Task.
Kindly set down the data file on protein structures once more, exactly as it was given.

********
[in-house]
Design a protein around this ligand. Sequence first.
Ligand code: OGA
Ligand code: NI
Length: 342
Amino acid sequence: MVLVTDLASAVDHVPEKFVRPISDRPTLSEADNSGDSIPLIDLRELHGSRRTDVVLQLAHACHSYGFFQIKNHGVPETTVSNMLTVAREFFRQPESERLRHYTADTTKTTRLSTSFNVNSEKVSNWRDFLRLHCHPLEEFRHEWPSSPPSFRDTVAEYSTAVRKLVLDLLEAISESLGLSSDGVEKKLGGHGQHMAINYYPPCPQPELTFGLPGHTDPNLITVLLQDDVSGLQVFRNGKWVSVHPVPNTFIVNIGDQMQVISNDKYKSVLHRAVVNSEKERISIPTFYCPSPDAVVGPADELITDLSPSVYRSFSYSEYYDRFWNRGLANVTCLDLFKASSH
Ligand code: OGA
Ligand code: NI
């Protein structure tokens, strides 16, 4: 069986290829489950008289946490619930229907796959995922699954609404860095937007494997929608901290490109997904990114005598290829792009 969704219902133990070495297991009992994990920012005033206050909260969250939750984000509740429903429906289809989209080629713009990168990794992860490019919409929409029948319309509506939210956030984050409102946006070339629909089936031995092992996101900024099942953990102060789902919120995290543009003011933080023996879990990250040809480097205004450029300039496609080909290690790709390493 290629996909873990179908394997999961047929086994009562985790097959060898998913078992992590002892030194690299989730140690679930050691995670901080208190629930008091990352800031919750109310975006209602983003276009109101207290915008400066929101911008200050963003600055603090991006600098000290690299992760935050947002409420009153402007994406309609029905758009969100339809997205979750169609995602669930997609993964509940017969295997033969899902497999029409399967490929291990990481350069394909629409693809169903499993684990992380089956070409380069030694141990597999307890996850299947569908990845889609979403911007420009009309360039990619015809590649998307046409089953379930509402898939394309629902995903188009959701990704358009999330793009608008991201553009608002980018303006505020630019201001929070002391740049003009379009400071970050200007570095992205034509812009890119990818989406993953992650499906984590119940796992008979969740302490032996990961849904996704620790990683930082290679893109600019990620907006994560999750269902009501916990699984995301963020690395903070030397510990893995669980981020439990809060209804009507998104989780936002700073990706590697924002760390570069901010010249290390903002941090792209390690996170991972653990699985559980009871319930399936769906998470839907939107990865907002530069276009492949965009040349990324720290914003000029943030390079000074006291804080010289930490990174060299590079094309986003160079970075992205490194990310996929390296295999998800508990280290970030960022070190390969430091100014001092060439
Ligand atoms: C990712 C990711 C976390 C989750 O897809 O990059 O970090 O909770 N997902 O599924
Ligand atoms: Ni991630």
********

[in-house]
Design a protein around this ligand. Sequence first.
Ligand code: OGA
Ligand code: NI
Length: 342
Amino acid sequence: MVLVTDLASAVDHVPEKFVRPISDRPTLSEADNSGDSIPLIDLRELHGSRRTDVVLQLAHACHSYGFFQIKNHGVPETTVSNMLTVAREFFRQPESERLRHYTADTTKTTRLSTSFNVNSEKVSNWRDFLRLHCHPLEEFRHEWPSSPPSFRDTVAEYSTAVRKLVLDLLEAISESLGLSSDGVEKKLGGHGQHMAINYYPPCPQPELTFGLPGHTDPNLITVLLQDDVSGLQVFRNGKWVSVHPVPNTFIVNIGDQMQVISNDKYKSVLHRAVVNSEKERISIPTFYCPSPDAVVGPADELITDLSPSVYRSFSYSEYYDRFWNRGLANVTCLDLFKASSH
Ligand code: OGA
Ligand code: NI
């Protein structure tokens, strides 16, 4: 069986290829489950008289946490619930229907796959995922699954609404860095937007494997929608901290490109997904990114005598290829792009 969704219902133990070495297991009992994990920012005033206050909260969250939750984000509740429903429906289809989209080629713009990168990794992860490019919409929409029948319309509506939210956030984050409102946006070339629909089936031995092992996101900024099942953990102060789902919120995290543009003011933080023996879990990250040809480097205004450029300039496609080909290690790709390493 290629996909873990179908394997999961047929086994009562985790097959060898998913078992992590002892030194690299989730140690679930050691995670901080208190629930008091990352800031919750109310975006209602983003276009109101207290915008400066929101911008200050963003600055603090991006600098000290690299992760935050947002409420009153402007994406309609029905758009969100339809997205979750169609995602669930997609993964509940017969295997033969899902497999029409399967490929291990990481350069394909629409693809169903499993684990992380089956070409380069030694141990597999307890996850299947569908990845889609979403911007420009009309360039990619015809590649998307046409089953379930509402898939394309629902995903188009959701990704358009999330793009608008991201553009608002980018303006505020630019201001929070002391740049003009379009400071970050200007570095992205034509812009890119990818989406993953992650499906984590119940796992008979969740302490032996990961849904996704620790990683930082290679893109600019990620907006994560999750269902009501916990699984995301963020690395903070030397510990893995669980981020439990809060209804009507998104989780936002700073990706590697924002760390570069901010010249290390903002941090792209390690996170991972653990699985559980009871319930399936769906998470839907939107990865907002530069276009492949965009040349990324720290914003000029943030390079000074006291804080010289930490990174060299590079094309986003160079970075992205490194990310996929390296295999998800508990280290970030960022070190390969430091100014001092060439
Ligand atoms: C990712 C990711 C976390 C989750 O897809 O990059 O970090 O909770 N997902 O599924
Ligand atoms: Ni991630």